New engines make financial sense for low-mileage motorists, writes Martin Brennan
Petrol-powered cars are making a big comeback with motorists who find that, increasingly, they are making financial sense for low-mileage drivers. The improvement in low emissions and taxation and better economy from a new wave of three- and four-cylinder engines, combined with lower financial outlay, are the driving forces making urban drivers turn their back on the much-lauded diesel options.
At the recent launch of the new Toyota Auris and the Yaris Hybrid models, Dave Shannon, managing director of Toyota Ireland, said that petrol was now back on the shopping list. There are motorists who should not be driving diesel cars because they were not doing the mileage to justify the extra outlay, he said, and his view is reinforced by companies such as Skoda and Ford.
A five-door petrol Auris model is €2,000 cheaper than the diesel option, which means that the savings, taking the varying fuel returns into consideration, would fuel the petrol model for almost five years for motorists covering 15,000km a year. Skoda calculated that interest in its new Rapid model would be 70/30 per cent in favour of diesel but initial orders are 60/40 in favour of petrol models. Here the diesel/petrol price gap is a huge €3,450, and with similar returns in economy between the two engines, Skoda says that with the huge saving in outlay (and with similar annual mileage) there would be "free" fuel for up to 14 years.
And Ford, whose one-litre three-cylinder EcoBoost petrol engine won International Engine of the Year 2012, said at the European launch of the new Fiesta that in the case of its Focus model, the first car to get its new engine, 80 per cent of motorists who did a test drive opted for the high-economy/low-emission petrol version.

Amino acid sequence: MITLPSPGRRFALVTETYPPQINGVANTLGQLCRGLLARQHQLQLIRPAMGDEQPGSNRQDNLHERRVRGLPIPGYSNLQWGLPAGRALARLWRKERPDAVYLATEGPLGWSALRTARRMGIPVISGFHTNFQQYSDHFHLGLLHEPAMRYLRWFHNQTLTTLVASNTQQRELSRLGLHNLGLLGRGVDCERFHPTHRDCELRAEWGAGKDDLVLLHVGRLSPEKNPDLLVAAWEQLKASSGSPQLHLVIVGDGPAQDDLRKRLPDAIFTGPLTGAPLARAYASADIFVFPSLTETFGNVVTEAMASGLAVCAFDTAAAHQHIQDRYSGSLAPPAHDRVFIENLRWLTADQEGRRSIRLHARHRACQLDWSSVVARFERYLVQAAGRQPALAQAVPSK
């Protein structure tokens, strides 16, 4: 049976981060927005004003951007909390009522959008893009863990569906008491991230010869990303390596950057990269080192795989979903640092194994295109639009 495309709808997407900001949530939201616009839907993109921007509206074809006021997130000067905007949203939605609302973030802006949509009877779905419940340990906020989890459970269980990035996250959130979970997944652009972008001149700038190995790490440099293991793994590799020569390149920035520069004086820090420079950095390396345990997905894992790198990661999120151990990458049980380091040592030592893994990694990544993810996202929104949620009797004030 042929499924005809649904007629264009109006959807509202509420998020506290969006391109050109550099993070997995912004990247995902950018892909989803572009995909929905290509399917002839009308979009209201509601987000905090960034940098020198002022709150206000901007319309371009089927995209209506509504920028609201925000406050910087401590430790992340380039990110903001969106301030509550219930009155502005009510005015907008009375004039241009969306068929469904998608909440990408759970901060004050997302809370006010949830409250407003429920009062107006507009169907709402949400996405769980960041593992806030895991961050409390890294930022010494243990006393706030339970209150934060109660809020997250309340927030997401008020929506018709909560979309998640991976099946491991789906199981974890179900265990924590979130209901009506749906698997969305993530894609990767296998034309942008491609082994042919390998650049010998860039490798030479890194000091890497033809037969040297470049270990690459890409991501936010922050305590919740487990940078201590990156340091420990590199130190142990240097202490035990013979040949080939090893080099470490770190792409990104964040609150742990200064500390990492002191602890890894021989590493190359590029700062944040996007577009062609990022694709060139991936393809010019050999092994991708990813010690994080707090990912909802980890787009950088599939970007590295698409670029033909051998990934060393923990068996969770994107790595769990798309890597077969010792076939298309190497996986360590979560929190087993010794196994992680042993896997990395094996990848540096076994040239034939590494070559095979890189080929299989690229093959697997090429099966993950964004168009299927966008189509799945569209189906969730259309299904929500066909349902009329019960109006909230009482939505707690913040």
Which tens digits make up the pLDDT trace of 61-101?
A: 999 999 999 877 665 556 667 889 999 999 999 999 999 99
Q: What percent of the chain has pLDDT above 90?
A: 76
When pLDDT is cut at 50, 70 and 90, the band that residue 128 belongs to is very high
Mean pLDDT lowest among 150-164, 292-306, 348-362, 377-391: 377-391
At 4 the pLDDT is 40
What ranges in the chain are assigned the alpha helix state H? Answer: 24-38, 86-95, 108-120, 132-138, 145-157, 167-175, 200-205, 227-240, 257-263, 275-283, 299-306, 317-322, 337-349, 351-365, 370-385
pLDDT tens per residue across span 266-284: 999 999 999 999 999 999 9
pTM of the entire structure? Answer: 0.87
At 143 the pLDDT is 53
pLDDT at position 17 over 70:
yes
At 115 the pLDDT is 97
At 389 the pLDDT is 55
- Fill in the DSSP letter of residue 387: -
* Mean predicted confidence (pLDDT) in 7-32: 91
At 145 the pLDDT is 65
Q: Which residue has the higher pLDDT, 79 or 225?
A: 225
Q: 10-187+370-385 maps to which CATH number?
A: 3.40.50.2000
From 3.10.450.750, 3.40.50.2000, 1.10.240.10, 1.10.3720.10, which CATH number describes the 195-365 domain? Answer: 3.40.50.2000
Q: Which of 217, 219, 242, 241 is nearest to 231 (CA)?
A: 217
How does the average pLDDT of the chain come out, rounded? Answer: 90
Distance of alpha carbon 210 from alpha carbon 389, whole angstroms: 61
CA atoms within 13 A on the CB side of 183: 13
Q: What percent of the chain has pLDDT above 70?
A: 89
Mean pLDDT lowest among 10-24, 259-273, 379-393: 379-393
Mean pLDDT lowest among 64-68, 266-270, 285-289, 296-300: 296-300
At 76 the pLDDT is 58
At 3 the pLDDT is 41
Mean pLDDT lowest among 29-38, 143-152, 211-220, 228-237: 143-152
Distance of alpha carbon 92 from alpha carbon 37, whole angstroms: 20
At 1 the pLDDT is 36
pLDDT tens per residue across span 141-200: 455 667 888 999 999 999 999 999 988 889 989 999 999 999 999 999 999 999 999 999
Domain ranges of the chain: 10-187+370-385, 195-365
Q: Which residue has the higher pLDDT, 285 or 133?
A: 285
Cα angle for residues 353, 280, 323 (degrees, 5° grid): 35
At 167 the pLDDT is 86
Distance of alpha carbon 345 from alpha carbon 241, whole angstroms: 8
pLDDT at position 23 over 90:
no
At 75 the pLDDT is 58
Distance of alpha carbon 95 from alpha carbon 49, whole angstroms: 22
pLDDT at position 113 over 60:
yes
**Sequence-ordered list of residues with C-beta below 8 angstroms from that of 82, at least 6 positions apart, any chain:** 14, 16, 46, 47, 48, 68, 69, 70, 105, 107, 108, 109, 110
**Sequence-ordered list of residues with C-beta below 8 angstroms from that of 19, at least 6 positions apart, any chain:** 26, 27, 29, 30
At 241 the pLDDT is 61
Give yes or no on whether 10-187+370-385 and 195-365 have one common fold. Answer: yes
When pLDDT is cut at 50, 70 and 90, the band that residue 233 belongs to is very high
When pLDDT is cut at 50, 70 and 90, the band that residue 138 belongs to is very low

Toyota has a real winner on its hands with the new Yaris Hybrid, which at €18,950 comes fully loaded with dual climate control, automatic transmission, full electric drive and stop/start technology. It is the ultimate urban car, capable of returning 3.5L/100km (83mpg) and, with 79g/km of C02, has the lowest emissions of any non-electric car on the market. It will attract the very lowest annual road tax after the Budget, and owners will get periods of all-electric driving with no nasty emissions of any kind. The Yaris has grown up – it now has more interior space and a smart exterior look. There are also petrol and diesel options.
The new Auris is stylish, has aerodynamic improvements, is lighter, and comes with improved engine performance, boosting economy. It comes with a Hybrid technology version, and there are four engine options. Prices start at €18,995 and there are three grades of specification, with two levels of trim for the Hybrid version.
Dave Shannon said that 2012 had been a difficult year, with just 80,000 registrations expected. Next year would be more difficult for the industry, with a forecast of 74,000 new car sales. But for the consumer, the upside is that importers are now offering better value in models on offer.
He criticised the epidemic of pre-registering by some companies to boost their "sales" figures. The losers here are the customers, who will eventually see a loss in residual values of their cars.
Industry insiders say that if pre-registering was not so prevalent, Toyota would be number one for car sales for the year. Next year will see the arrival on the forecourts of an additional version of the Prius – the Prius Plus, a seven-seater Hybrid, and the Auris Tourer, an estate. The three-door version of the Auris is being dropped.
On the commercial front, Toyota is re-entering the medium van segment with a Hiace replacement called the ProAce, a joint venture with the Peugeot PSA group. The ProAce arrives on the forecourts in mid summer.